AustralianFootball.com Celebrating the history of the great Australian game
28 July 1969 (age 53)
Age at first & last AFL game
First game: 20y 246d
Last game: 33y 34d
Height and weight
Height: 179 cm
Weight: 83 kg
Sydney: 45, 14
Wagga Tigers (1990)
|Club||League||Career span||Games||Goals||Avg||Win %||AKI||AHB||AMK||BV|
AFL: 10,078th player to appear, 366th most games played, 409th most goals kickedSydney: 1,186th player to appear, 18th most games played, 25th most goals kicked
Paul Kelly was one of those rare players in whom the product on display seemed somehow to exceed the sum total of its parts. Tough, determined and enormously courageous, Kelly also possessed inspirational qualities of leadership which often helped push the Swans over the line in games they ought to have lost.
Recruited from Wagga Tigers, Kelly, who made his Sydney debut in 1990, rapidly developed into one of his club's most important players. Having played a considerable amount of rugby during his formative years he excelled in attributes shared with that code such as tackling, obtaining the ball under duress, and evading opposition players whilst running with it. Over the years his kicking also improved, and indeed during the closing years of his career he developed into a goal poacher extraordinaire.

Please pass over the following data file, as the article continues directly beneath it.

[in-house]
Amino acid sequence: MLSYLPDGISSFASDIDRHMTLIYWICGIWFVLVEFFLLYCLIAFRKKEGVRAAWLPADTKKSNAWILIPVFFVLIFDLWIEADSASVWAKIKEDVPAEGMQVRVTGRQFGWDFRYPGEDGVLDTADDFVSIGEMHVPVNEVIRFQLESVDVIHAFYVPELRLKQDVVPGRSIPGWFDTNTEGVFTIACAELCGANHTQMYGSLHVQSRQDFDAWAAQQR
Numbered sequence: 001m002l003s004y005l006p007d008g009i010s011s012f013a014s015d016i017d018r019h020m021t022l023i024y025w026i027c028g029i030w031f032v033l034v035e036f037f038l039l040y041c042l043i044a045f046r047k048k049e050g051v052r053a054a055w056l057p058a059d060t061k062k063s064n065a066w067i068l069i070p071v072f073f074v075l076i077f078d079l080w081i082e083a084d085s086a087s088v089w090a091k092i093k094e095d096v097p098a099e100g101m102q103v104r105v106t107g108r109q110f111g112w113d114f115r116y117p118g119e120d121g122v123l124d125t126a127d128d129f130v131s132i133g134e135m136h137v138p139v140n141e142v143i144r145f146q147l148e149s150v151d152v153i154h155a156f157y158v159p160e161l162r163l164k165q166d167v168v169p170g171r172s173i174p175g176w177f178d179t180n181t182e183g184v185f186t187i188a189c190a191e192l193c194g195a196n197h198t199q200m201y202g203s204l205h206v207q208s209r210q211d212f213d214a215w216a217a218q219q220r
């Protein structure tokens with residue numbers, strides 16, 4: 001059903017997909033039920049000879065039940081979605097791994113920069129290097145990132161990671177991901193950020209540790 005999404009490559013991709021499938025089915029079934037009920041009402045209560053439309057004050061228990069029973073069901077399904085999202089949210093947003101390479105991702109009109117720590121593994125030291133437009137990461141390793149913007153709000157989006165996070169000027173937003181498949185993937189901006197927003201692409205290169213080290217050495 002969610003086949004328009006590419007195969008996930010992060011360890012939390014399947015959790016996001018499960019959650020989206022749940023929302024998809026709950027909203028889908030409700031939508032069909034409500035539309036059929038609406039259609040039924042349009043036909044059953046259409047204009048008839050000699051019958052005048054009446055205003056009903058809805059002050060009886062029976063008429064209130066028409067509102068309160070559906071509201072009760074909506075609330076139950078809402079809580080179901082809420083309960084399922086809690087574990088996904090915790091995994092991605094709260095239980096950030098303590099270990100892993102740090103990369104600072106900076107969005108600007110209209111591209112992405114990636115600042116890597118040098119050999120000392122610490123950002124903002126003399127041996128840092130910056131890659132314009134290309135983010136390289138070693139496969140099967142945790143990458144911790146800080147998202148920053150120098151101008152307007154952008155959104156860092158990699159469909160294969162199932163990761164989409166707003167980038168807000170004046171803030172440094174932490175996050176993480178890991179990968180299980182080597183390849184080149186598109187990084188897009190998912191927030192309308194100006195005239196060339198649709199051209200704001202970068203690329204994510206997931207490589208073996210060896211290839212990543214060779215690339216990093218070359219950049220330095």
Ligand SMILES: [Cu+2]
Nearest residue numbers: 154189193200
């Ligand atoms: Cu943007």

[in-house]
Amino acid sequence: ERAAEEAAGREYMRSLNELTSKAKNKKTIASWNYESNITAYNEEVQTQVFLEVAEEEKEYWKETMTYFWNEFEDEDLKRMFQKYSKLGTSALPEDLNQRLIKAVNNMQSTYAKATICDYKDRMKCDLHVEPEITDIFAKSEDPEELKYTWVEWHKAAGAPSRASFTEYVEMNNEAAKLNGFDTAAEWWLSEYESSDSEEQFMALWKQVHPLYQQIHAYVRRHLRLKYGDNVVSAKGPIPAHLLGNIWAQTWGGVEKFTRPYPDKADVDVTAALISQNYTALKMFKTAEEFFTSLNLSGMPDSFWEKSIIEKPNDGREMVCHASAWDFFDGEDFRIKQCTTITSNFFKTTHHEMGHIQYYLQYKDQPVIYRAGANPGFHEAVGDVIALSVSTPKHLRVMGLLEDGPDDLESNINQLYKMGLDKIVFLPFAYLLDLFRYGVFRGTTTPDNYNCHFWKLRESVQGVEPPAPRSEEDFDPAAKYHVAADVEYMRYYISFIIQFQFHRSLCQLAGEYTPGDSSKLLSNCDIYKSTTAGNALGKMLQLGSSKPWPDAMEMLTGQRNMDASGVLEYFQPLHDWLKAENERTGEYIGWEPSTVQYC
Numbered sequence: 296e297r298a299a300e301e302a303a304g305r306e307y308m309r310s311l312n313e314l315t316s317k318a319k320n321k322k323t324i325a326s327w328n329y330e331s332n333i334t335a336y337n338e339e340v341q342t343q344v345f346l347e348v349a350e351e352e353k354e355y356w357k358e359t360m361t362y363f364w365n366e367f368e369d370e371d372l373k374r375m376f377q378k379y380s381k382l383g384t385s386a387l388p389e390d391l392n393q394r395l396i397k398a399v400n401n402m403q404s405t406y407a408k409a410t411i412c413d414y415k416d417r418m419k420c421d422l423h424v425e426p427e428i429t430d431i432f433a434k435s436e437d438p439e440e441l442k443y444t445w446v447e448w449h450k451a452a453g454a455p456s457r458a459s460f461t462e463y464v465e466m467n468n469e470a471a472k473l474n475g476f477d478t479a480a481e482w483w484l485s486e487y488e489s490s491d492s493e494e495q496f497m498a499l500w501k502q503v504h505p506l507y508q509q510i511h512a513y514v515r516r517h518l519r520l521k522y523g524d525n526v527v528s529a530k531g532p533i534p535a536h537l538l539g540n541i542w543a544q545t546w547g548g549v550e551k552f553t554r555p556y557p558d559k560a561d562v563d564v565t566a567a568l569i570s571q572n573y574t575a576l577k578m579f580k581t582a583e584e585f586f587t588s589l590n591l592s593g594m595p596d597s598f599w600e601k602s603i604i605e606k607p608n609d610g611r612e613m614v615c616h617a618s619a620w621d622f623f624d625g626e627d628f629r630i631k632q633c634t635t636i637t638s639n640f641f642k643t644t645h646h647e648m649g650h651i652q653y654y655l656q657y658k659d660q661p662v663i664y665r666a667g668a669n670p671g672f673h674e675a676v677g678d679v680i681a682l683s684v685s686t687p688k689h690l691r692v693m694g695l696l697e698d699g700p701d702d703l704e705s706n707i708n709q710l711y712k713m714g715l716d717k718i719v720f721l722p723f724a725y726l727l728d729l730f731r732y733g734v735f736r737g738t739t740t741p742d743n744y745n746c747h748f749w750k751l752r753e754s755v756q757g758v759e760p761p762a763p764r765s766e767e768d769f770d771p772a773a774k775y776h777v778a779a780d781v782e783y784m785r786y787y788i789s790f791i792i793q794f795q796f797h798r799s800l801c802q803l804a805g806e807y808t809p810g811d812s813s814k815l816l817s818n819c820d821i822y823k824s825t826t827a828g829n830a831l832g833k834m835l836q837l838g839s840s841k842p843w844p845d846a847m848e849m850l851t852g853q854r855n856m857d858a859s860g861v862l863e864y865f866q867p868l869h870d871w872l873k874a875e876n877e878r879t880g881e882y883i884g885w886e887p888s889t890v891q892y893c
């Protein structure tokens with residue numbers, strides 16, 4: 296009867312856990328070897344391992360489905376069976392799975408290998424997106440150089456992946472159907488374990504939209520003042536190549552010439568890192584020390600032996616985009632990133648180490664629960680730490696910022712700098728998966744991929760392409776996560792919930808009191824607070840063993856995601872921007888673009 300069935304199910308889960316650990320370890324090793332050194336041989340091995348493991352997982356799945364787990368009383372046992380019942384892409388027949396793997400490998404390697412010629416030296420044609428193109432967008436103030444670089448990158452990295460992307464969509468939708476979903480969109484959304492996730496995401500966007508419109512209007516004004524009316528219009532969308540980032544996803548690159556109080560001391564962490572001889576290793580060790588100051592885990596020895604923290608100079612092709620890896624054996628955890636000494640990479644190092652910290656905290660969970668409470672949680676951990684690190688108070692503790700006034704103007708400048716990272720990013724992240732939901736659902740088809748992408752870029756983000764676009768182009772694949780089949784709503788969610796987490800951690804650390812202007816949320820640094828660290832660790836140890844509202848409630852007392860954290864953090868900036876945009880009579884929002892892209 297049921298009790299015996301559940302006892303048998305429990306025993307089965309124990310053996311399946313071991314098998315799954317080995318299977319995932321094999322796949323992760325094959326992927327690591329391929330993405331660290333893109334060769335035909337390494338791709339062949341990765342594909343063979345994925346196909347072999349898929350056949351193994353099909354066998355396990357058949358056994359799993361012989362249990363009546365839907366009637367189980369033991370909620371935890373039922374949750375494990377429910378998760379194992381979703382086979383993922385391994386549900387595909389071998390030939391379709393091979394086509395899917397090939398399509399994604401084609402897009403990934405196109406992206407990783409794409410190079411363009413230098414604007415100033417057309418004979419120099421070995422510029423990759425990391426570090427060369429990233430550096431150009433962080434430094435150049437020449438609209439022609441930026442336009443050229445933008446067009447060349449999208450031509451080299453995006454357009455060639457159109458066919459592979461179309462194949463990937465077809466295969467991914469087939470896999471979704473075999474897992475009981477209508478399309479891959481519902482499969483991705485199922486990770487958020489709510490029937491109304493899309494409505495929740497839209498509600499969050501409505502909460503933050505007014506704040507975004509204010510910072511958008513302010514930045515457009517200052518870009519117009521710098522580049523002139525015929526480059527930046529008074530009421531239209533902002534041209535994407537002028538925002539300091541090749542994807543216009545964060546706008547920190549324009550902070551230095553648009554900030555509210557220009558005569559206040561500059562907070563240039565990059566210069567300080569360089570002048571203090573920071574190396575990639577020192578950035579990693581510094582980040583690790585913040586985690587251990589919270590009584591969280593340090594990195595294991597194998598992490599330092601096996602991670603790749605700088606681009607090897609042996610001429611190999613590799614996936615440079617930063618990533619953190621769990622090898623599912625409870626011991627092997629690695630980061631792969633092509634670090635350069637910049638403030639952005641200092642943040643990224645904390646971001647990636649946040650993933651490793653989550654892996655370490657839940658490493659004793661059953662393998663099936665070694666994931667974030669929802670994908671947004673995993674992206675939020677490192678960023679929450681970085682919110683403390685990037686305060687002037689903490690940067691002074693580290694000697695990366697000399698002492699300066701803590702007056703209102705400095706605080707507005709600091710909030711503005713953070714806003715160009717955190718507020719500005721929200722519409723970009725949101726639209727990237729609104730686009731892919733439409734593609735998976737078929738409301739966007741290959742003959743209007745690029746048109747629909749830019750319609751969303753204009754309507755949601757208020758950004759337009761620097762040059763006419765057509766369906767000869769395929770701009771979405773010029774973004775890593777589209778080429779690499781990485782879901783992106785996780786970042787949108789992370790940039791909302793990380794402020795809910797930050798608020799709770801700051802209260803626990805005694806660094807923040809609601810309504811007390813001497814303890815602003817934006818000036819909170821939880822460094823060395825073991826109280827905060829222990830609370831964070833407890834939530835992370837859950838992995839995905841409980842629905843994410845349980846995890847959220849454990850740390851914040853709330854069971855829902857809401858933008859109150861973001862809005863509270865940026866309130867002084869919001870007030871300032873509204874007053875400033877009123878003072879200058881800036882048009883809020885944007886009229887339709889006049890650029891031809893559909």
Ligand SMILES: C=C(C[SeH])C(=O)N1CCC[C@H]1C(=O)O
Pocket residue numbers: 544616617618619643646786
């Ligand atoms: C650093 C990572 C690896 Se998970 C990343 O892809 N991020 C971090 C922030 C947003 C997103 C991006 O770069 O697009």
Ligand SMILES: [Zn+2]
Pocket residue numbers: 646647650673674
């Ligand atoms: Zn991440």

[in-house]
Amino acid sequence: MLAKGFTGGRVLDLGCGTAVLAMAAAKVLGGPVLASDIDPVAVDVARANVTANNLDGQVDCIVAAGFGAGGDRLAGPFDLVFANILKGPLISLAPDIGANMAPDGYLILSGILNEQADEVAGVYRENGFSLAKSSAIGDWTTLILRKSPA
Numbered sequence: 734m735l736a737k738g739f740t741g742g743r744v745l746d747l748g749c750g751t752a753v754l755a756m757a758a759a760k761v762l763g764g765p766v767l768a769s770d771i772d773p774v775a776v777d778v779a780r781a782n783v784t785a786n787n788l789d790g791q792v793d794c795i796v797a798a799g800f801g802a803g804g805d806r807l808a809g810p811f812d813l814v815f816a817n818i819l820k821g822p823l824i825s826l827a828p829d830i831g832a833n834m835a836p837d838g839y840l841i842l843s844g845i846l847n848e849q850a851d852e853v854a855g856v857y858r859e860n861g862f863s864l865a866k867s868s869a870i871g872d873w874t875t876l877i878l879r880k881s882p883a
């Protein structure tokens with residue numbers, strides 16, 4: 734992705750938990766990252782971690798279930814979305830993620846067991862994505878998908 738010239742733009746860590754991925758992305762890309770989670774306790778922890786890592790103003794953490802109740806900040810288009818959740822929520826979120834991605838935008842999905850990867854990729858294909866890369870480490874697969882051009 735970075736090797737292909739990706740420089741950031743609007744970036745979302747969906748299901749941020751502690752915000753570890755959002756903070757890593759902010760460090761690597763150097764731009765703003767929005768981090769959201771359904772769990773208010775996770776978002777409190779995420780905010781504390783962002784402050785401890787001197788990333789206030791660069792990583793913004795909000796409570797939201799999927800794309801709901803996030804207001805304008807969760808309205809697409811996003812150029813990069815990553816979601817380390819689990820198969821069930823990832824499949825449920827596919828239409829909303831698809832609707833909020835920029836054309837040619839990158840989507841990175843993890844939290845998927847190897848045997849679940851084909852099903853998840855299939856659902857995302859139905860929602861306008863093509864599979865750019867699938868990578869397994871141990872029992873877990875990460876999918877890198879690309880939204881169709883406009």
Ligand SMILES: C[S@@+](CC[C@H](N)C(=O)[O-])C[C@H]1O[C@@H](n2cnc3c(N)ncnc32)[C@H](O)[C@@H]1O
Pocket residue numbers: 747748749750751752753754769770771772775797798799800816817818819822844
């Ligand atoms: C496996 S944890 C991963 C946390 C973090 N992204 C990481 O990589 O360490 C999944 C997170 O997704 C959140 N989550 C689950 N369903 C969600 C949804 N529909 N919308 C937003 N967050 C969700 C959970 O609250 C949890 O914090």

At his peak between 1992 and 1997 Kelly won four Swans best and fairest awards during that time as well as the 1995 Brownlow Medal. He was also selected in the 1995, 1996 and 1997 AFL All Australian teams, being named captain in the last two of those years.
Kelly's courage often sent him where angels fear to tread, and while this undoubtedly made him an inspiration to his team mates, it was also probably responsible for curtailing his career. Over the course of that career Kelly had to undergo more than 20 operations in bids to address injuries sustained on the field, and it is doubtful if, over his last half a dozen or so seasons, he ever took to the field much more than 50% fit. Despite this, he was worth his place in the team almost on reputation alone, and his retirement at the end of the 2002 season left the Swans with a substantial gap in their playing list which was going to prove difficult - indeed, well nigh impossible - to fill.
Author - John Devaney